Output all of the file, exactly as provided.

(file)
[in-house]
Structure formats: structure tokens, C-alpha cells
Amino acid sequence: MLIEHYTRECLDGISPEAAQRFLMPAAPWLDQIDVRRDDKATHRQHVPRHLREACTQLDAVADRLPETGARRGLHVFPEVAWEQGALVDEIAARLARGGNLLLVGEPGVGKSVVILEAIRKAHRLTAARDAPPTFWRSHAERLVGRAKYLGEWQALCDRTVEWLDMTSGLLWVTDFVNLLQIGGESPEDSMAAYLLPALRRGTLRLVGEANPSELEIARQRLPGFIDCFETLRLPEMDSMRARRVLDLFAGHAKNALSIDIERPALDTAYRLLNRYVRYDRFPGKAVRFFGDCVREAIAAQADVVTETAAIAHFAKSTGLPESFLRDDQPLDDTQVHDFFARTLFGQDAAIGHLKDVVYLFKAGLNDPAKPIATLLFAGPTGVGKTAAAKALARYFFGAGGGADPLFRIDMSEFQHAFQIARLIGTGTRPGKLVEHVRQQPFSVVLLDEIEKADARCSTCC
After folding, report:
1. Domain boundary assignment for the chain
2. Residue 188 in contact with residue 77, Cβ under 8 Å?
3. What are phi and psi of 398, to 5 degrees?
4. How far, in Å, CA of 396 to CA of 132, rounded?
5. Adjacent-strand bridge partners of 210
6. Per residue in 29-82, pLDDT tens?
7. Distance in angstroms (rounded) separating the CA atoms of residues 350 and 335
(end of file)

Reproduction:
[in-house]
Structure formats: structure tokens, C-alpha cells
Amino acid sequence: MLIEHYTRECLDGISPEAAQRFLMPAAPWLDQIDVRRDDKATHRQHVPRHLREACTQLDAVADRLPETGARRGLHVFPEVAWEQGALVDEIAARLARGGNLLLVGEPGVGKSVVILEAIRKAHRLTAARDAPPTFWRSHAERLVGRAKYLGEWQALCDRTVEWLDMTSGLLWVTDFVNLLQIGGESPEDSMAAYLLPALRRGTLRLVGEANPSELEIARQRLPGFIDCFETLRLPEMDSMRARRVLDLFAGHAKNALSIDIERPALDTAYRLLNRYVRYDRFPGKAVRFFGDCVREAIAAQADVVTETAAIAHFAKSTGLPESFLRDDQPLDDTQVHDFFARTLFGQDAAIGHLKDVVYLFKAGLNDPAKPIATLLFAGPTGVGKTAAAKALARYFFGAGGGADPLFRIDMSEFQHAFQIARLIGTGTRPGKLVEHVRQQPFSVVLLDEIEKADARCSTCC
After folding, report:
1. Domain boundary assignment for the chain
2. Residue 188 in contact with residue 77, Cβ under 8 Å?
3. What are phi and psi of 398, to 5 degrees?
4. How far, in Å, CA of 396 to CA of 132, rounded?
5. Adjacent-strand bridge partners of 210
6. Per residue in 29-82, pLDDT tens?
7. Distance in angstroms (rounded) separating the CA atoms of residues 350 and 335